Age less than two years is not a risk factor for mortality after mitral valve replacement in children

Daniela Y. Rafii, Ryan R Davies, Sheila J. Carroll, Jan M. Quaegebeur, Jonathan M. Chen

Research output: Contribution to journalArticle

12 Scopus citations

Abstract

Background Outcomes for mitral valve replacement (MVR) in the pediatric population are generally reported as poor, particularly in patients less than 2 years old. We compared long-term morbidity and mortality associated with MVR between patients less than 2 years old and patients 2 to 18 years old. Methods We evaluated pediatric patients undergoing MVR from March 1990 to November 2007 at our institution. Morbidity and mortality was compared between patients less than 2 years and patients 2 to 18 years old. Primary endpoints measured were postoperative survival, long-term survival, reoperation, cerebrovascular accident or transient ischemic attack, and significant bleeding events. Results Forty-five patients underwent 54 MVRs. Median age was 3.1 years; 18 patients were under 2 years. Median follow-up time was 5.4 years. There was no statistically significant difference between long-term or short-term survival between the two age groups, with 30-day survival of 89% (younger patients) versus 100% (older patients), and 10-year survival of 82% (younger patients) versus 85% (older patients). Freedom from reoperation for the younger age group was 40% at 10 years versus 96% for the older patients, p = 0.003. Conclusions In our population, there was no statistically significant difference in survival between patients less than 2 years and patients 2 to 18 years. In children undergoing MVR, age less than 2 years remains a risk factor for reoperation but not for mortality.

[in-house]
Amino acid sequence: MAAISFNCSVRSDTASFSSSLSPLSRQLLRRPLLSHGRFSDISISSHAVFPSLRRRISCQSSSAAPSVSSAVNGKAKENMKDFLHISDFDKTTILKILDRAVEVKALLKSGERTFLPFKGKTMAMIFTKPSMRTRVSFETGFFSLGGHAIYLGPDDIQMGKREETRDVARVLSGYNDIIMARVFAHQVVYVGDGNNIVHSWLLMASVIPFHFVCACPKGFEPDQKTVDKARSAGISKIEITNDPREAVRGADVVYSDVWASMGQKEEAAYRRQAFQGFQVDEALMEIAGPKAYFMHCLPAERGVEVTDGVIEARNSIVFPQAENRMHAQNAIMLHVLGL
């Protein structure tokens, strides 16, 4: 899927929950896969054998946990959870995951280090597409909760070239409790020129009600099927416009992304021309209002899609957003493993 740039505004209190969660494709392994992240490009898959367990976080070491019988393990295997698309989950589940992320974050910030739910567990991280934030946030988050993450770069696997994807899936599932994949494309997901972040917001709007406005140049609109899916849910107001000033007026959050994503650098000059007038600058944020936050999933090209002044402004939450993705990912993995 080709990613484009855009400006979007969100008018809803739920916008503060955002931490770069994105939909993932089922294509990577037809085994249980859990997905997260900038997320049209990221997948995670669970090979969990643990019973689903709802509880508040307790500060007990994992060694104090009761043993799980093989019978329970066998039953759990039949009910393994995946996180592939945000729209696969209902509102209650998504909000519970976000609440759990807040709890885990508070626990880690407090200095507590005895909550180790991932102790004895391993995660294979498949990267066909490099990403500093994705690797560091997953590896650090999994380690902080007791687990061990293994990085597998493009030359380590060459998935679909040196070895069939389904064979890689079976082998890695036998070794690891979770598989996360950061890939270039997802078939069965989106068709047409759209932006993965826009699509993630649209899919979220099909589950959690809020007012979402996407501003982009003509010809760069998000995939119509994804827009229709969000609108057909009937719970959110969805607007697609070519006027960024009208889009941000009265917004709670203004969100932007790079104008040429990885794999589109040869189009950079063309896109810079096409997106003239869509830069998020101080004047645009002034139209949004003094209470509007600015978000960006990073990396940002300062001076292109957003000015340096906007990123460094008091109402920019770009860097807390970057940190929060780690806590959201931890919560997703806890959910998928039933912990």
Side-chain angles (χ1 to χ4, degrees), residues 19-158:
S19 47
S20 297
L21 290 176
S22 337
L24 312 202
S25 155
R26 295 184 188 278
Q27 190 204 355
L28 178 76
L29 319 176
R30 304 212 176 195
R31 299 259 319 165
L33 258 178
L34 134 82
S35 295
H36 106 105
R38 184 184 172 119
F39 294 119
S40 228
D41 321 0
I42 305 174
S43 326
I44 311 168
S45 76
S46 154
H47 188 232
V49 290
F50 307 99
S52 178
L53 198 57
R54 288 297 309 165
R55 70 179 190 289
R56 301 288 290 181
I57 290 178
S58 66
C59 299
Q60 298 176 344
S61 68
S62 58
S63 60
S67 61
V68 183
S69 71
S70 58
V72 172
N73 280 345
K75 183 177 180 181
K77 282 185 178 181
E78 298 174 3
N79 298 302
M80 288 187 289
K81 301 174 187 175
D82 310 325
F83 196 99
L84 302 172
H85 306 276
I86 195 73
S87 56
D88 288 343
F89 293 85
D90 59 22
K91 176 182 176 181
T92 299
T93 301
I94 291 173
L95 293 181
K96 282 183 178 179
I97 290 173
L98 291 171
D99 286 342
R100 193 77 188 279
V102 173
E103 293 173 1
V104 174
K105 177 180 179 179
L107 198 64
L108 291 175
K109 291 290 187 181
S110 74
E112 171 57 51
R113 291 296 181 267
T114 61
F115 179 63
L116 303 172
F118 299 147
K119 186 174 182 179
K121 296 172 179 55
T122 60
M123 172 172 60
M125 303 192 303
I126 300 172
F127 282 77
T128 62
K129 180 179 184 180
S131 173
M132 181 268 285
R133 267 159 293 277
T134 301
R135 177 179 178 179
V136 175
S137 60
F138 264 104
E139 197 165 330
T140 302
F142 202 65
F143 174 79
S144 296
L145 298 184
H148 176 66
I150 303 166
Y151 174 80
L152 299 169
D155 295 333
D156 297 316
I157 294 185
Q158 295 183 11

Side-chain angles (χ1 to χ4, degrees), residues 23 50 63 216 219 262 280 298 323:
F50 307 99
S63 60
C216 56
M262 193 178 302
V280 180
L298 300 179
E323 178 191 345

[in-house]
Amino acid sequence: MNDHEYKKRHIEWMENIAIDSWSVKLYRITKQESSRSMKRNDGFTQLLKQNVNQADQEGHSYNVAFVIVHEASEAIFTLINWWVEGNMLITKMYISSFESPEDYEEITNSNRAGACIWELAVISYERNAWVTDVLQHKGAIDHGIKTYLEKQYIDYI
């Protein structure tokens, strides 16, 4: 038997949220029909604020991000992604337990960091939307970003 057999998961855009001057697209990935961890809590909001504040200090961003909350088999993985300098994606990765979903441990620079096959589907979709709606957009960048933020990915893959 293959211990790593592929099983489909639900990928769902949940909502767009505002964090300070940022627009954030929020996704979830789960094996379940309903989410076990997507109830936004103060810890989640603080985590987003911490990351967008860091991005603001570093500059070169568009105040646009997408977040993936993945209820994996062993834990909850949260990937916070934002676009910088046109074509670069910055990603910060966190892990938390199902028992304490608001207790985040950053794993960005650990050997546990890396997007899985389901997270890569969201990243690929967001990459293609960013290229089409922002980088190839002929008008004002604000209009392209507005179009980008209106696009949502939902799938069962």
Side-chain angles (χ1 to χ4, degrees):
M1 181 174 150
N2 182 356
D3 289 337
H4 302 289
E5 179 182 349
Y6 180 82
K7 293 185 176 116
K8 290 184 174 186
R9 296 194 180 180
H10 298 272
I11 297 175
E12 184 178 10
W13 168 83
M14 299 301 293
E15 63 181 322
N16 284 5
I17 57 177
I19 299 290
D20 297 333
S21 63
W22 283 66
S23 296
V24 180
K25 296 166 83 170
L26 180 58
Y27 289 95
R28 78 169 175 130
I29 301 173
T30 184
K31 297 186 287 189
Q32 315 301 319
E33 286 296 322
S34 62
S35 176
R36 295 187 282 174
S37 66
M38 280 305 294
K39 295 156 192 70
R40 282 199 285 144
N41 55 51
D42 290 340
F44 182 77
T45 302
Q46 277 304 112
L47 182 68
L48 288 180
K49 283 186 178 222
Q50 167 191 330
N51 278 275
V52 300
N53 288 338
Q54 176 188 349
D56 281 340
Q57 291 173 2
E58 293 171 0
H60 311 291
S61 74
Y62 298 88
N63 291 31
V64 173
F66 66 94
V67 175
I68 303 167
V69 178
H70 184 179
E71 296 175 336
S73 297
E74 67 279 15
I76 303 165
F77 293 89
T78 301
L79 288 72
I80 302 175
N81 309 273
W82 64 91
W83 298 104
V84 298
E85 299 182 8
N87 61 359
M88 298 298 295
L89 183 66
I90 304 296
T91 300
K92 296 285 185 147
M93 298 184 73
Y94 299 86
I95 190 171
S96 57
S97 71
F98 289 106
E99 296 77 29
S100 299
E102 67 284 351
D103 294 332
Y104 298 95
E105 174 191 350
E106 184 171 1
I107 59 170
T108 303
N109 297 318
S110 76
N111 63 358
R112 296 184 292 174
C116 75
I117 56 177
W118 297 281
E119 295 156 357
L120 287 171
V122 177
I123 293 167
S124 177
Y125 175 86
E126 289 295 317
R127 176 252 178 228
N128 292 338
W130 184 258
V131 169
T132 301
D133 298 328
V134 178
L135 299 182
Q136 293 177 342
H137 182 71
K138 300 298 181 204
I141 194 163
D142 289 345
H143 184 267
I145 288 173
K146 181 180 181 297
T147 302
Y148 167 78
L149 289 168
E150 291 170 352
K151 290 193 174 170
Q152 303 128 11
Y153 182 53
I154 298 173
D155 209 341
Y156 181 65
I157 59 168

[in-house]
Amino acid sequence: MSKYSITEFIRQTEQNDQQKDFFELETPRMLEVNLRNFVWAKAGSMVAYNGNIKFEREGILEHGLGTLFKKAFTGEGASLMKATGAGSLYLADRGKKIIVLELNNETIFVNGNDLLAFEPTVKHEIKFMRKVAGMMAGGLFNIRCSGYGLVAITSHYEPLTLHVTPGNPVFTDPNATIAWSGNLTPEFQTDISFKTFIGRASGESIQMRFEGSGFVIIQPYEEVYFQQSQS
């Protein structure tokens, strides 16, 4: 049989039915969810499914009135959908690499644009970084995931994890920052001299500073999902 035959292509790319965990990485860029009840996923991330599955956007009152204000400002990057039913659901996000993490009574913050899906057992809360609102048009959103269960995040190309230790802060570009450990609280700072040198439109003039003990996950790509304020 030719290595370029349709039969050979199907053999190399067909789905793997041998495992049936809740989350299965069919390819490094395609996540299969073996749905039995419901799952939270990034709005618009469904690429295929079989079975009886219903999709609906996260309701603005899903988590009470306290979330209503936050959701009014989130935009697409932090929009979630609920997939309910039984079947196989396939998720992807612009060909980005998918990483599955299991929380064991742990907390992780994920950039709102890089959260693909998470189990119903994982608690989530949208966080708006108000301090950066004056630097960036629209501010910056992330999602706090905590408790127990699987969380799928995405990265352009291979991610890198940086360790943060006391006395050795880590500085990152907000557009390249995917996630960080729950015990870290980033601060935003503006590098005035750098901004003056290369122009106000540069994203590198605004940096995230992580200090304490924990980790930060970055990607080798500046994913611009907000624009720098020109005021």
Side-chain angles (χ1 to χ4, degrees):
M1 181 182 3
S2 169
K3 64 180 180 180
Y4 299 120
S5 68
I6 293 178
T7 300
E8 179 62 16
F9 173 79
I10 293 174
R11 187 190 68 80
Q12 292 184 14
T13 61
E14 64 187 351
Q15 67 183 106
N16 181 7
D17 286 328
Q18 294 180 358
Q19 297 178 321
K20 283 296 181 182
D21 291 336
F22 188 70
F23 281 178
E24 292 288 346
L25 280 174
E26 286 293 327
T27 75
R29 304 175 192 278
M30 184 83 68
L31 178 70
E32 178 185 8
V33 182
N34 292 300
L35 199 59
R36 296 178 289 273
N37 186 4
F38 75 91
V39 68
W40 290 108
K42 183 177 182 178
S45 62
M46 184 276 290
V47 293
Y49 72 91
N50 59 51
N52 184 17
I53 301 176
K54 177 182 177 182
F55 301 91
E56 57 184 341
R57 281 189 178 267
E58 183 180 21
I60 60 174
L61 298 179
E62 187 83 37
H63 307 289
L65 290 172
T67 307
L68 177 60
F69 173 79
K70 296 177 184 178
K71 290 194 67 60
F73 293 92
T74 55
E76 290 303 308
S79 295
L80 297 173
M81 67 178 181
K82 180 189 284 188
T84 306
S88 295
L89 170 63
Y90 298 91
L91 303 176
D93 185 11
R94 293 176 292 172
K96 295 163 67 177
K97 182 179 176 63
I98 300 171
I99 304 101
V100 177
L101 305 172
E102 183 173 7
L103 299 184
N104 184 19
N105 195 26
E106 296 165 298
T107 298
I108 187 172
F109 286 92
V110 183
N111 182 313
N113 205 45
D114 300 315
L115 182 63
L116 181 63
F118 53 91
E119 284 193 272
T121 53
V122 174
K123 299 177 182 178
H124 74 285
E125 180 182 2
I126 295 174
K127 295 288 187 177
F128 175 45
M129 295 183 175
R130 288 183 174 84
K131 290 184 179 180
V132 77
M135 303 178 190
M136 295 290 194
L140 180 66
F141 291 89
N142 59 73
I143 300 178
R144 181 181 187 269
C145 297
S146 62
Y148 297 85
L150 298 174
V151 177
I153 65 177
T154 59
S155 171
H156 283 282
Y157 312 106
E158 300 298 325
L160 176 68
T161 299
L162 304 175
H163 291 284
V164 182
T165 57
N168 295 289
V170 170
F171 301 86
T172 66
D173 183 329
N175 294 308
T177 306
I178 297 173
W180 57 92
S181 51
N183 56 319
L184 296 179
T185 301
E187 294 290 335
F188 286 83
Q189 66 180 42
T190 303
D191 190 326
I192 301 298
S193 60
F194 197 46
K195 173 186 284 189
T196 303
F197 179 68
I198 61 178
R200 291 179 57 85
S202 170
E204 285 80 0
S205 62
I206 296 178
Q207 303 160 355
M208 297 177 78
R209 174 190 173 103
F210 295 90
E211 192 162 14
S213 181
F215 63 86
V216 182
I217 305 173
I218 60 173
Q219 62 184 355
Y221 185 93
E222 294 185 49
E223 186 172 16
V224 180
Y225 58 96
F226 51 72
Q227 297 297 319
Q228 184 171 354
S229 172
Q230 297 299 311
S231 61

Original languageEnglish (US)
Pages (from-to)1228-1234
Number of pages7
JournalAnnals of Thoracic Surgery
Volume91
Issue number4
DOIs
StatePublished - Apr 1 2011

    Fingerprint

ASJC Scopus subject areas

  • Surgery
  • Pulmonary and Respiratory Medicine
  • Cardiology and Cardiovascular Medicine

Cite this